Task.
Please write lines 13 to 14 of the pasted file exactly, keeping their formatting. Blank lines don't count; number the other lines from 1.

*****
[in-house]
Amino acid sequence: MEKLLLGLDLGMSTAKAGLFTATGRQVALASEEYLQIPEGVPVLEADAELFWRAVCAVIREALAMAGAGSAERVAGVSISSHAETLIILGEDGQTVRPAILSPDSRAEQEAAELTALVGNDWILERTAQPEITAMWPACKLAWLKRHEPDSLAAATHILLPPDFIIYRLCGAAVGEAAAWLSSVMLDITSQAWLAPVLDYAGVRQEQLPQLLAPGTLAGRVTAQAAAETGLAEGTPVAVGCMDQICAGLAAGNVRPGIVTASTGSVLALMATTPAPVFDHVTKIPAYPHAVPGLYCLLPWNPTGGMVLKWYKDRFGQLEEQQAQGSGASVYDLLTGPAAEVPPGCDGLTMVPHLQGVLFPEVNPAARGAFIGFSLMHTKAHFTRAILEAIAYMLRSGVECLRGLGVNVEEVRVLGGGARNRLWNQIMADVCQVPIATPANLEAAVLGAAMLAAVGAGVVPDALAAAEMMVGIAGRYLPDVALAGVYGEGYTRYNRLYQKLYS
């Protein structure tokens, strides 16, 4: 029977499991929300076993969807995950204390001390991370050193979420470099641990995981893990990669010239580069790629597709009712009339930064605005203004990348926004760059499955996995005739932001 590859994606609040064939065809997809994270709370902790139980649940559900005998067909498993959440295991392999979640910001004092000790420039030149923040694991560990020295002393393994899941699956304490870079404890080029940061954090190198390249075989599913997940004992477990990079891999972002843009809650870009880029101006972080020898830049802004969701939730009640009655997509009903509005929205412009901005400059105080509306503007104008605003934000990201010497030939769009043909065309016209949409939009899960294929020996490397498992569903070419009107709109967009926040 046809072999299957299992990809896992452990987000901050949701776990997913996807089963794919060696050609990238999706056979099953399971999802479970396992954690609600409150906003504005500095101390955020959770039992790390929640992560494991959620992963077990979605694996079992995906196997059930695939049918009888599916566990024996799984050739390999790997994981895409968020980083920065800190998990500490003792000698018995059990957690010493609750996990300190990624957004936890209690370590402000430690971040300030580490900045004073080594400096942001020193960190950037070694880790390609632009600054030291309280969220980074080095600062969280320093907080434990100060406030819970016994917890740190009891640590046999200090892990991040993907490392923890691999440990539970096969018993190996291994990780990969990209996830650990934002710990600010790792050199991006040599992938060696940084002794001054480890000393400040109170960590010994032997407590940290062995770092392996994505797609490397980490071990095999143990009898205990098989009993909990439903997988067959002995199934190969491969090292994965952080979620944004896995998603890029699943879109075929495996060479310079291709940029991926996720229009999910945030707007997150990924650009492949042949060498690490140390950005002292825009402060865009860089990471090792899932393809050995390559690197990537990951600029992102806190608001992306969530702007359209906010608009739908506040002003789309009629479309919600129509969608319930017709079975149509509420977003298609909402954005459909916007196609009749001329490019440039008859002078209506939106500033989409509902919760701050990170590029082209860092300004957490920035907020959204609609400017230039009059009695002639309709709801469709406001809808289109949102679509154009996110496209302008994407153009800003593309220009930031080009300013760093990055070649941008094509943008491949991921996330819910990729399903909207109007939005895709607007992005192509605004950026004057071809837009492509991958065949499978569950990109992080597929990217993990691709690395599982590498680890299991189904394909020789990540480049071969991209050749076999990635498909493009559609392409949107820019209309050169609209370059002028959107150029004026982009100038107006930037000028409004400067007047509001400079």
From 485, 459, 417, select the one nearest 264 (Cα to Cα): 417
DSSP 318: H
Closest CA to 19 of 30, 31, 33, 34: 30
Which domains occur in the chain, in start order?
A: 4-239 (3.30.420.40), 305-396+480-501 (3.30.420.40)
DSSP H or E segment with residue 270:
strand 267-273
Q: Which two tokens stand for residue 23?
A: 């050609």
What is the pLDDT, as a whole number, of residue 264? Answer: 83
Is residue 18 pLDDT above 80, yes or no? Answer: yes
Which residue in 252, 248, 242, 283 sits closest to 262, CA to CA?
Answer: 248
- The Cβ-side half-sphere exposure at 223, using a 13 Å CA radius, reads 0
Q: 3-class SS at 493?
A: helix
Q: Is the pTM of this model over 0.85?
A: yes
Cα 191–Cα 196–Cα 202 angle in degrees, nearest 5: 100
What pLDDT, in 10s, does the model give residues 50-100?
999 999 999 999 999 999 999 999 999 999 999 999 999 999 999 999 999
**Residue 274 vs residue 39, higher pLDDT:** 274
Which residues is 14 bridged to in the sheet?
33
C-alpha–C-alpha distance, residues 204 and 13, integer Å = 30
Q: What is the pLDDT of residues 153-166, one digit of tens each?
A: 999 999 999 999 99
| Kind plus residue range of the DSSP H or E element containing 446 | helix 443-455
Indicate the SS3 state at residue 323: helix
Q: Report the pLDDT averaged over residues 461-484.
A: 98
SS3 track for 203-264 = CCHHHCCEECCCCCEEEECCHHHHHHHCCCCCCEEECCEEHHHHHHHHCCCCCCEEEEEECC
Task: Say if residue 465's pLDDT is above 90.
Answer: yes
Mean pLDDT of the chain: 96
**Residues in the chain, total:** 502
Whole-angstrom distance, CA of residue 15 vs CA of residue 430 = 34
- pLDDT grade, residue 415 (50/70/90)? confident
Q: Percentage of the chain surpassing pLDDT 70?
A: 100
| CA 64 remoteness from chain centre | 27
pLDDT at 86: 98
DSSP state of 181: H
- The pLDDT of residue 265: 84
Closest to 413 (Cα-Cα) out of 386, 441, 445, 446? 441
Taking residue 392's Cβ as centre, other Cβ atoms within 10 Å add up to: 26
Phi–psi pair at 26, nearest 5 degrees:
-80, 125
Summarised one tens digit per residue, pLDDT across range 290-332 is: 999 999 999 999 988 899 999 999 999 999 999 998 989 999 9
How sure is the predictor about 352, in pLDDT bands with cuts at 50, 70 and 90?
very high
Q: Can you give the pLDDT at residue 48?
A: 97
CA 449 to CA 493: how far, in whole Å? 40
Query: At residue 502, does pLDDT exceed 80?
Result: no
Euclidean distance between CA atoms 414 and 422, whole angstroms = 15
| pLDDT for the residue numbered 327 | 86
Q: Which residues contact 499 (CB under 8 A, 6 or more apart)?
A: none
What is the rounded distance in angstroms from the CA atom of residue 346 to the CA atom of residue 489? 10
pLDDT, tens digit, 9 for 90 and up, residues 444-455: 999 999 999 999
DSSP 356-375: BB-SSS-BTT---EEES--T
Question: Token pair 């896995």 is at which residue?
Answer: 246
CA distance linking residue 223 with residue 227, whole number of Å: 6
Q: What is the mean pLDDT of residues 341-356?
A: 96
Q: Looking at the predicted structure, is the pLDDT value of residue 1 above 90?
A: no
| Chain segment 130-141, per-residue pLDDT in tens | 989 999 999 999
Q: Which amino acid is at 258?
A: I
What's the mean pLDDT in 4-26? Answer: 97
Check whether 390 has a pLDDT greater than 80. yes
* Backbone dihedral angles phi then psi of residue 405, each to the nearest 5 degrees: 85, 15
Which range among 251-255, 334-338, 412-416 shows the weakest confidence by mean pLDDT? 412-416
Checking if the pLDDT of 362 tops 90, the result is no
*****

What is the pLDDT, as a whole number, of residue 264? Answer: 83
Is residue 18 pLDDT above 80, yes or no? Answer: yes